Complementary feeding with cow's milk alters sleeping metabolic rate in breast-fed infants

Hinke Haisma, Jonathan C K Wells, W. Andrew Coward, Danton Duro Filho, Cesar G. Victora, Roel J. Vonk, Antony Wright, G. Henk Visser

Research output: Contribution to journalArticlepeer-review

10 Scopus citations


Although it is widely accepted that energy expenditure in infants is a function of feeding pattern, the mechanism behind this is not well understood. The objectives of this observational study were as follows: 1) to compare minimal observable energy expenditure (MOEE) between 2 subgroups of breast-fed infants, a BM group in which breast milk was the only source of milk and a BCM group given cow's milk in addition to breast milk; and 2) to identify potential mediators of a feeding pattern effect. For this purpose, infants were classified by feeding group on the basis of a mother's recall. Respiration calorimetry was used to measure MOEE in 62 infants (n = 35 BM, n = 27 BCM) aged 8.7 mo in Pelotas, southern Brazil. Breast-milk intake was measured using deuterium oxide, complementary food intake by 1-d food weighing, total energy expenditure and total body water using doubly labeled water; anthropometric indices were calculated. MOEE was 1672 ± 175 kJ/d in BM compared with 1858 ± 210 kJ/d in BCM infants (P <0.001). Mass-specific MOEE was 201 ± 24.6 and 216 ± 31.9 kJ/(kg · d) in BM and BCM infants, respectively (P = 0.041). MOEE (kJ/d) was mediated by protein intake and fat-free mass (R 2 = 41.4%). We conclude that complementary feeding with cow's milk alters the sleeping metabolic rate in breast-fed infants. These findings deserve attention in relation to "metabolic programming" and the development of obesity later in life.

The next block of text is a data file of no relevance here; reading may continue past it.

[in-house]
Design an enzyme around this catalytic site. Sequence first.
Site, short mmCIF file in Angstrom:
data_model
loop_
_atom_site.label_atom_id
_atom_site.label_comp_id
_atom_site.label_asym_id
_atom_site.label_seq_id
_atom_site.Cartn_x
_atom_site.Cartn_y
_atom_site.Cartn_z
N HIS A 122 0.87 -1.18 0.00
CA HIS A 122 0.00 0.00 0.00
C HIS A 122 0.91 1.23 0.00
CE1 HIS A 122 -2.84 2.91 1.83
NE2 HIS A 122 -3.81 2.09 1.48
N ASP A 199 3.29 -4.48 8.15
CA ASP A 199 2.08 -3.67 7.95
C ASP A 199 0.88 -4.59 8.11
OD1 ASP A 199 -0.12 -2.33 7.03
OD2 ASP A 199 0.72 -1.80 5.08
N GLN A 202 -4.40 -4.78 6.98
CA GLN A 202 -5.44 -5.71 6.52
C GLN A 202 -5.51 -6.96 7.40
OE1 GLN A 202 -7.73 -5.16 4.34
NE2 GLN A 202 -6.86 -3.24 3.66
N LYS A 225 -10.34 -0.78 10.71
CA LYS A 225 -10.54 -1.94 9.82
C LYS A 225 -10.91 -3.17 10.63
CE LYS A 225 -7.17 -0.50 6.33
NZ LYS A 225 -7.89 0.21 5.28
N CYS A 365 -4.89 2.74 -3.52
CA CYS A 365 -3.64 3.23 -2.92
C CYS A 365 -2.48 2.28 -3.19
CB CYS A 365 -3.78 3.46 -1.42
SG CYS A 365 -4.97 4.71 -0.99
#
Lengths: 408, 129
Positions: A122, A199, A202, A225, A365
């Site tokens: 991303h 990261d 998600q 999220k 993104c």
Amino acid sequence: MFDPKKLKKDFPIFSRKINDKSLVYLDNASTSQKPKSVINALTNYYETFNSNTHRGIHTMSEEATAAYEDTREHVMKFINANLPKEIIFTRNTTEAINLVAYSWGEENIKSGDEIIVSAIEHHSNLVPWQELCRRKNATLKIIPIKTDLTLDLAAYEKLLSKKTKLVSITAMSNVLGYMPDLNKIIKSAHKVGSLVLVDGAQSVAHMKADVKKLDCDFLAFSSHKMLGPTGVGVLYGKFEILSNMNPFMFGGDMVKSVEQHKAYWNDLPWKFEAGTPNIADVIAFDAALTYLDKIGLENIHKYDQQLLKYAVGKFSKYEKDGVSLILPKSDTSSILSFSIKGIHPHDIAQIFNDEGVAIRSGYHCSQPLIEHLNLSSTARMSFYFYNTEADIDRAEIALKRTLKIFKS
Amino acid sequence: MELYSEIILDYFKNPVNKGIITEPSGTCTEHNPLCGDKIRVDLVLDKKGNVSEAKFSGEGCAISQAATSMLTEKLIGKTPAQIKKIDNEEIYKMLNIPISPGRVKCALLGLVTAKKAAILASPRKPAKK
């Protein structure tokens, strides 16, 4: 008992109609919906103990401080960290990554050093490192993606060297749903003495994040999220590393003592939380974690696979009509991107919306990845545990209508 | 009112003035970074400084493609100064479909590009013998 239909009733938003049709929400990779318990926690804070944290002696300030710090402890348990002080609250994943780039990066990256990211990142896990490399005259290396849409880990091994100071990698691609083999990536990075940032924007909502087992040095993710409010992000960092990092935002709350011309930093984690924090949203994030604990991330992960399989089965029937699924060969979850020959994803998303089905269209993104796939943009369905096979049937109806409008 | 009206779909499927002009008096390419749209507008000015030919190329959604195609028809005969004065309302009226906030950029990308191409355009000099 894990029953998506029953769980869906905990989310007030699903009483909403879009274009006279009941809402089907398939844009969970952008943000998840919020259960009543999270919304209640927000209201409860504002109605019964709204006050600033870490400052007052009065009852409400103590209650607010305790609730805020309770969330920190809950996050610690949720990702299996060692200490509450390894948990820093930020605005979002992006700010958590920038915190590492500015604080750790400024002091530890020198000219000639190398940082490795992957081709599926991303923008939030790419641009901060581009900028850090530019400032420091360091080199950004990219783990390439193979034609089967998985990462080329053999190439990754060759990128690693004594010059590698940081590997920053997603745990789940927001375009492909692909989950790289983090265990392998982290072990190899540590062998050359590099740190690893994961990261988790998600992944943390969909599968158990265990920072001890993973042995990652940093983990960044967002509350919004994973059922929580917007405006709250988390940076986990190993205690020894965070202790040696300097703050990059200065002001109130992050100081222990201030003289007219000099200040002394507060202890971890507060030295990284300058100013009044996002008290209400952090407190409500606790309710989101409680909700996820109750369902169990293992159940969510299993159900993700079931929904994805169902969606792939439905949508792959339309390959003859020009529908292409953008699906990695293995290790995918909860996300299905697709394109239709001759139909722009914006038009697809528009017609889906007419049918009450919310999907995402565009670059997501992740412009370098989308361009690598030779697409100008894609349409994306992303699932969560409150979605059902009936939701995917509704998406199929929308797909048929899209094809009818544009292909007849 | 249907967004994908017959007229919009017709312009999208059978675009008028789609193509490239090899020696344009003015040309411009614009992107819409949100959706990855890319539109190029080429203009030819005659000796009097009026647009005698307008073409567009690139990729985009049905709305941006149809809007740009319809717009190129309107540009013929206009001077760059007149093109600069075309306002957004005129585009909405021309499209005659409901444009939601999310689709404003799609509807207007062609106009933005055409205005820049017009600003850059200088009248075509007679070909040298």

Original languageEnglish (US)
Pages (from-to)1889-1895
Number of pages7
JournalJournal of Nutrition
Issue number8
StatePublished - Aug 2005
Externally publishedYes


  • Breast milk
  • Cow's milk
  • Infants
  • Minimal observable energy expenditure
  • Sleeping metabolic rate

ASJC Scopus subject areas

  • Medicine (miscellaneous)
  • Food Science


Dive into the research topics of 'Complementary feeding with cow's milk alters sleeping metabolic rate in breast-fed infants'. Together they form a unique fingerprint.

Cite this